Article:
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Title: The influence of oral processing, food perception and social aspects on food consumption: a review
Keywords: Mastication
Food perception
Percepção de alimentos
Issue Date: Aug-2016
Publisher: Wiley
Citation: PEREIRA, L. J.; VAN DER BILT, A. The influence of oral processing, food perception and social aspects on food consumption: a review. Journal of Oral Rehabilitation, Oxford, v. 43, n. 8, p. 630-648, Aug. 2016.
Abstract: Eating is an essential activity to get energy and necessary nutrients for living. While chewing, the food is broken down by the teeth and dissolved by saliva. Taste, flavour and texture are perceived during chewing and will contribute to the appreciation of the food. The senses of taste and smell play an important role in selecting nutritive food instead of toxic substances. Also visual information of a food product is essential in the choice and the acceptance of food products, whereas auditory information obtained during the chewing of crispy products will provide information on whether a product is fresh or stale. Food perception does not just depend on one individual sense, but appears to be the result from multisensory integration of unimodal signals. Large differences in oral physiology parameters exist among individuals, which may lead to differences in food perception. Knowledge of the interplay between mastication and sensory experience for groups of individuals is important for the food industry to control quality and acceptability of their products. Environment factors during eating, like TV watching or electronic media use, may also play a role in food perception and the amount of food ingested. Distraction during eating a meal may lead to disregard about satiety and fullness feelings and thus to an increased risk of obesity. Genetic and social/cultural aspects seem to play an important role in taste sensitivity and food preference. Males generally show larger bite size, larger chewing power and a faster chewing rhythm than females. The size of swallowed particles seems to be larger for obese individuals, although there is no evidence until now of an ‘obese chewing style’. Elderly people tend to have fewer teeth and consequently a less good masticatory performance, which may lead to lower intakes of raw food and dietary fibre. The influence of impaired mastication on food selection is still controversial, but it is likely that it may at least cause adaptation in food choice. Systemic conditions, such as high blood pressure, diabetes and cancer, with or without medicine use, tend to be associated with taste and chewing alterations. However, definite conclusions seem hard to reach, as research protocols vary largely.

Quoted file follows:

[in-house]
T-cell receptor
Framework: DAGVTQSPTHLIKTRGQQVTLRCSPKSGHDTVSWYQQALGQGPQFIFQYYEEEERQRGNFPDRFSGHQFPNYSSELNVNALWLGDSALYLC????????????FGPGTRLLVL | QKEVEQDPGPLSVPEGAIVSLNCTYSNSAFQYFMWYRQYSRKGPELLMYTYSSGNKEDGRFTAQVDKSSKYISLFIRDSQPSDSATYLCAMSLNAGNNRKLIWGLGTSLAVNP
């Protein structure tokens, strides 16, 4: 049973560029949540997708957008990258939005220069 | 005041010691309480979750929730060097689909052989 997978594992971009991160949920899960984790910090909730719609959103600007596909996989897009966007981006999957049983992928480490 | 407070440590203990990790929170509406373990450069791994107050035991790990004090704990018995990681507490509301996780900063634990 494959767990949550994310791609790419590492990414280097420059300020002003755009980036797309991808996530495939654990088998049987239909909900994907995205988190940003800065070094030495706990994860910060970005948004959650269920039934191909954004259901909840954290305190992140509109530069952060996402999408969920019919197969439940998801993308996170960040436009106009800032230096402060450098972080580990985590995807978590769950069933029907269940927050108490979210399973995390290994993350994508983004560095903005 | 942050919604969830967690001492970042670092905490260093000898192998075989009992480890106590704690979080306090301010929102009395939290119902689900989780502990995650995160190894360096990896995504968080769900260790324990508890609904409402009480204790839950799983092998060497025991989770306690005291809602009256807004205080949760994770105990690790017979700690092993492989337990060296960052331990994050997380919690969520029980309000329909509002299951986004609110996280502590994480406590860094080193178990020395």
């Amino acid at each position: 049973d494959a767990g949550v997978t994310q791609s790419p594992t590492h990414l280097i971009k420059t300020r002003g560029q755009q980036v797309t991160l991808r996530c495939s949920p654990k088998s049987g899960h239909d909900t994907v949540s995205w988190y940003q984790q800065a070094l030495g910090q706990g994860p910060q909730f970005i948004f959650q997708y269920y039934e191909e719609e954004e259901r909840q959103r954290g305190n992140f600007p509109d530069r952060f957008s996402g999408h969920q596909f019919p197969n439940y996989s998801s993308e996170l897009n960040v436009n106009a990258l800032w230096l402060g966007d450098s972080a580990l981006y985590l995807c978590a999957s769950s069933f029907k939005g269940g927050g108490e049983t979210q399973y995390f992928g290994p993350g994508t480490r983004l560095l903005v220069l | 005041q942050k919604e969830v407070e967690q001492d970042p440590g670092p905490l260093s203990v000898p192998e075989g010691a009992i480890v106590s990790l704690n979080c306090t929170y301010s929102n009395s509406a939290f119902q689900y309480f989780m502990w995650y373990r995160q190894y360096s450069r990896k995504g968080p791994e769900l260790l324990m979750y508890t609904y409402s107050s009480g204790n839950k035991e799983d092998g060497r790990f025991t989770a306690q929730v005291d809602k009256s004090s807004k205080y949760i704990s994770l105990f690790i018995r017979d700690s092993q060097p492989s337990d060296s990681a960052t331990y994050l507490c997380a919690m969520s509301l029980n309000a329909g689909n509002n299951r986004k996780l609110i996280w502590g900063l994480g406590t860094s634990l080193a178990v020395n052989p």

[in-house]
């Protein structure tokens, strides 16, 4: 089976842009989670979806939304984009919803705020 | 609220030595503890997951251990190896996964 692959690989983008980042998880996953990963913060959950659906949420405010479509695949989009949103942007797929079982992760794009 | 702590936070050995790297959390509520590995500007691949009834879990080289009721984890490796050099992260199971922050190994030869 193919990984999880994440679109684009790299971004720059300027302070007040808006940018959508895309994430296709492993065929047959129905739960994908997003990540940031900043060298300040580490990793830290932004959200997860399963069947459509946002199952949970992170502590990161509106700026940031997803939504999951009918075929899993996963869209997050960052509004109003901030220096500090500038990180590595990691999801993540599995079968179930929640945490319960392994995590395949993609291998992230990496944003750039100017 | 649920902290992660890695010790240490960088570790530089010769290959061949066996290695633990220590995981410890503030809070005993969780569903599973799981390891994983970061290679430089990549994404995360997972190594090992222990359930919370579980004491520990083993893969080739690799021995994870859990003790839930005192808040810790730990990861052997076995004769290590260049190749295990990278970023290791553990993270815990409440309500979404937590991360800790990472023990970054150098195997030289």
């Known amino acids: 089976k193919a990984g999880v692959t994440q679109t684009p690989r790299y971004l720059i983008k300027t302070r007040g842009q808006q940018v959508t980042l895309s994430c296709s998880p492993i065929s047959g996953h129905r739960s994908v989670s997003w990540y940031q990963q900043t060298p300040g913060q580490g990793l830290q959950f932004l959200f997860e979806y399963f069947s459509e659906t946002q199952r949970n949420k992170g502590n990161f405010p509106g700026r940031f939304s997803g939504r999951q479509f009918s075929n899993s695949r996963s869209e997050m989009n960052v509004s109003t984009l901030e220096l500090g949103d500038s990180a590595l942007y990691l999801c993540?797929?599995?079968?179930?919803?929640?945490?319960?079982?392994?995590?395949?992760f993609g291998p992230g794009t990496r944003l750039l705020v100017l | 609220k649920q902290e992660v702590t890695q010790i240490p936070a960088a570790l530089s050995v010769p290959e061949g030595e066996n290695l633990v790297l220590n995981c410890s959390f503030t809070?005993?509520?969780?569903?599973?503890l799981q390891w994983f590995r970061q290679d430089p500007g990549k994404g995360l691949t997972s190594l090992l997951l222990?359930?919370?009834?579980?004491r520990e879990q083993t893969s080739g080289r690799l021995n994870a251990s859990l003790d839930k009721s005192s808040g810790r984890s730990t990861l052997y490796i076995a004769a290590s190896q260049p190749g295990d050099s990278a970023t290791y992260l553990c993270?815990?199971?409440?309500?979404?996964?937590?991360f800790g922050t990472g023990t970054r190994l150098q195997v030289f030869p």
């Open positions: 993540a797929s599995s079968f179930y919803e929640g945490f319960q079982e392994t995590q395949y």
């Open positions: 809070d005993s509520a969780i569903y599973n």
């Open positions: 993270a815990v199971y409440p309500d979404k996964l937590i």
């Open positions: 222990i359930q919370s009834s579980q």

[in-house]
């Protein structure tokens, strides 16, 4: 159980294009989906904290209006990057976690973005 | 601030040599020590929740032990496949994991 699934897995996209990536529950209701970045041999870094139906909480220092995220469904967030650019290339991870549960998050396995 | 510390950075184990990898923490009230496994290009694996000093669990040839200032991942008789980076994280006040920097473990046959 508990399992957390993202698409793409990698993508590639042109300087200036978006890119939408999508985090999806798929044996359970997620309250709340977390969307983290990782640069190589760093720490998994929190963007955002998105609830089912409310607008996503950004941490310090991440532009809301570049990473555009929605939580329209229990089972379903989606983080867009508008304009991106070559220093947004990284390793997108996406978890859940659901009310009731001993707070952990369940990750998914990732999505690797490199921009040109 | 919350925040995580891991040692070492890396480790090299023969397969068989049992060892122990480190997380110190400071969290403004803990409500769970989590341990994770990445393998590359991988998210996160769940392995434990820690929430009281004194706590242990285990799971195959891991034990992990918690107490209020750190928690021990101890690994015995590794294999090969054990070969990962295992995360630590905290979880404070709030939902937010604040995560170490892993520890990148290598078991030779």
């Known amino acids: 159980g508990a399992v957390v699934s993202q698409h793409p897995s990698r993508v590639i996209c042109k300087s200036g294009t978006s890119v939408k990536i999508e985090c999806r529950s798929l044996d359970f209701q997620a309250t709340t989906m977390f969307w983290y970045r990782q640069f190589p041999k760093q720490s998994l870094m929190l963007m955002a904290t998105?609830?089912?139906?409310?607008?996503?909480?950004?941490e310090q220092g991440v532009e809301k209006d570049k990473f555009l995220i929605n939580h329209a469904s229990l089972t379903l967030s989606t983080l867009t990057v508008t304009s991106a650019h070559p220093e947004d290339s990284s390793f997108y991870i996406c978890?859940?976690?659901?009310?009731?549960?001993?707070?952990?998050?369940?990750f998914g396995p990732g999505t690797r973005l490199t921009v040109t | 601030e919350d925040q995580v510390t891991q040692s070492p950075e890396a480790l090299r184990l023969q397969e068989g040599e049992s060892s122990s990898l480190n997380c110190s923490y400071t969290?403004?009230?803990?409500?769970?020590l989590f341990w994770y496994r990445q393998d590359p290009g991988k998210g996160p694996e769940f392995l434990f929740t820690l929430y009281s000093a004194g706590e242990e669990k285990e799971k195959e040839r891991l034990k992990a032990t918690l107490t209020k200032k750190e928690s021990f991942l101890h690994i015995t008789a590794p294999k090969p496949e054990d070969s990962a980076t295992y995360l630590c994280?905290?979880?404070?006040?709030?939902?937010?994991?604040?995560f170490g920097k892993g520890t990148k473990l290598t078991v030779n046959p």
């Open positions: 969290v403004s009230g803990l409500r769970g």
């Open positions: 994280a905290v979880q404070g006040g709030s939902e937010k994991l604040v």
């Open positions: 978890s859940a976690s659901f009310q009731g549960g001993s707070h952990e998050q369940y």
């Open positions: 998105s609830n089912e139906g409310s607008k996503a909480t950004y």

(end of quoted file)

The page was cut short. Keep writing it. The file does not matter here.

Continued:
Appears in Collections:DME - Artigos publicados em periódicos

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